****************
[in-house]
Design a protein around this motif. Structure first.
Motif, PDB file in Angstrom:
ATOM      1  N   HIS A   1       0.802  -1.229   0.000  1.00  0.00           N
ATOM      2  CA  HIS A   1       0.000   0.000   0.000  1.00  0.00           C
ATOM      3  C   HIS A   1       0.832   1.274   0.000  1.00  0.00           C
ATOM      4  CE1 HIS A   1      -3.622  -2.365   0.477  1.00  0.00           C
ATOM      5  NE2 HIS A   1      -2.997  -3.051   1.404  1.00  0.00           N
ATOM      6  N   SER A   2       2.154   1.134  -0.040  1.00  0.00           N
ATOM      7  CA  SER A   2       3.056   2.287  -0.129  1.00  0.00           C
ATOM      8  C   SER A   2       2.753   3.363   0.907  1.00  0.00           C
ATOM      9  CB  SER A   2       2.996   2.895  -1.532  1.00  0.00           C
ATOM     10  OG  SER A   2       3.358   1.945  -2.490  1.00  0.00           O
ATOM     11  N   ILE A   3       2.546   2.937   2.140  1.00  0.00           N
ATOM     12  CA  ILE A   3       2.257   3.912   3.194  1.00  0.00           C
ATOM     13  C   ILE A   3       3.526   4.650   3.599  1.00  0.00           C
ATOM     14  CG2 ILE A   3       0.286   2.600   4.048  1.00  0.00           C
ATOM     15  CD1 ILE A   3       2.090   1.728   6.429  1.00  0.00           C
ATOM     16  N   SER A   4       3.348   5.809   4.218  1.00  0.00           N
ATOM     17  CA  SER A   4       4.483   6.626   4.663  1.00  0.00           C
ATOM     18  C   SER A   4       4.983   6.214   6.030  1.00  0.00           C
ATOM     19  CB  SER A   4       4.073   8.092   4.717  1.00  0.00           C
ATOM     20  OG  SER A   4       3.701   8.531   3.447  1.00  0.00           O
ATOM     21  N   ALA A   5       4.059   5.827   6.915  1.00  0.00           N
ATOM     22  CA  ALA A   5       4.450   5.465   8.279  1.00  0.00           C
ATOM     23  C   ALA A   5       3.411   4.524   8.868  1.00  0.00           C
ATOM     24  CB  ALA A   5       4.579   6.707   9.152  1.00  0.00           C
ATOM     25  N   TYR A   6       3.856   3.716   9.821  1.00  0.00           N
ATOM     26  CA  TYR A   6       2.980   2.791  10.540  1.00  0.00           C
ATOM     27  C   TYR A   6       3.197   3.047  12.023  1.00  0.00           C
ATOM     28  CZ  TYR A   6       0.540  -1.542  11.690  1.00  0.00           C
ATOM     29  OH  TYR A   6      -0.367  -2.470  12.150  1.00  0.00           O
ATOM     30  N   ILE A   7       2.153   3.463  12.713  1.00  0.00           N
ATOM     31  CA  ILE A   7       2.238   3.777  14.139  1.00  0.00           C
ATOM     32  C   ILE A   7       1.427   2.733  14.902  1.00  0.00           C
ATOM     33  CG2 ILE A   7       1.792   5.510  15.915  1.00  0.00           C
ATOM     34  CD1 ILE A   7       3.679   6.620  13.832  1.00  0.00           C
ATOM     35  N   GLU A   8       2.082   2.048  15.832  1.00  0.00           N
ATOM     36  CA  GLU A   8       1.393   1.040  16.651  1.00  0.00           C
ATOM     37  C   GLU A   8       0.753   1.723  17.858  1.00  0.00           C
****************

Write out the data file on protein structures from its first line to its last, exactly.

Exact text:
[in-house]
Design a protein around this motif. Structure first.
Motif, PDB file in Angstrom:
ATOM      1  N   HIS A   1       0.802  -1.229   0.000  1.00  0.00           N
ATOM      2  CA  HIS A   1       0.000   0.000   0.000  1.00  0.00           C
ATOM      3  C   HIS A   1       0.832   1.274   0.000  1.00  0.00           C
ATOM      4  CE1 HIS A   1      -3.622  -2.365   0.477  1.00  0.00           C
ATOM      5  NE2 HIS A   1      -2.997  -3.051   1.404  1.00  0.00           N
ATOM      6  N   SER A   2       2.154   1.134  -0.040  1.00  0.00           N
ATOM      7  CA  SER A   2       3.056   2.287  -0.129  1.00  0.00           C
ATOM      8  C   SER A   2       2.753   3.363   0.907  1.00  0.00           C
ATOM      9  CB  SER A   2       2.996   2.895  -1.532  1.00  0.00           C
ATOM     10  OG  SER A   2       3.358   1.945  -2.490  1.00  0.00           O
ATOM     11  N   ILE A   3       2.546   2.937   2.140  1.00  0.00           N
ATOM     12  CA  ILE A   3       2.257   3.912   3.194  1.00  0.00           C
ATOM     13  C   ILE A   3       3.526   4.650   3.599  1.00  0.00           C
ATOM     14  CG2 ILE A   3       0.286   2.600   4.048  1.00  0.00           C
ATOM     15  CD1 ILE A   3       2.090   1.728   6.429  1.00  0.00           C
ATOM     16  N   SER A   4       3.348   5.809   4.218  1.00  0.00           N
ATOM     17  CA  SER A   4       4.483   6.626   4.663  1.00  0.00           C
ATOM     18  C   SER A   4       4.983   6.214   6.030  1.00  0.00           C
ATOM     19  CB  SER A   4       4.073   8.092   4.717  1.00  0.00           C
ATOM     20  OG  SER A   4       3.701   8.531   3.447  1.00  0.00           O
ATOM     21  N   ALA A   5       4.059   5.827   6.915  1.00  0.00           N
ATOM     22  CA  ALA A   5       4.450   5.465   8.279  1.00  0.00           C
ATOM     23  C   ALA A   5       3.411   4.524   8.868  1.00  0.00           C
ATOM     24  CB  ALA A   5       4.579   6.707   9.152  1.00  0.00           C
ATOM     25  N   TYR A   6       3.856   3.716   9.821  1.00  0.00           N
ATOM     26  CA  TYR A   6       2.980   2.791  10.540  1.00  0.00           C
ATOM     27  C   TYR A   6       3.197   3.047  12.023  1.00  0.00           C
ATOM     28  CZ  TYR A   6       0.540  -1.542  11.690  1.00  0.00           C
ATOM     29  OH  TYR A   6      -0.367  -2.470  12.150  1.00  0.00           O
ATOM     30  N   ILE A   7       2.153   3.463  12.713  1.00  0.00           N
ATOM     31  CA  ILE A   7       2.238   3.777  14.139  1.00  0.00           C
ATOM     32  C   ILE A   7       1.427   2.733  14.902  1.00  0.00           C
ATOM     33  CG2 ILE A   7       1.792   5.510  15.915  1.00  0.00           C
ATOM     34  CD1 ILE A   7       3.679   6.620  13.832  1.00  0.00           C
ATOM     35  N   GLU A   8       2.082   2.048  15.832  1.00  0.00           N
ATOM     36  CA  GLU A   8       1.393   1.040  16.651  1.00  0.00           C
ATOM     37  C   GLU A   8       0.753   1.723  17.858  1.00  0.00           C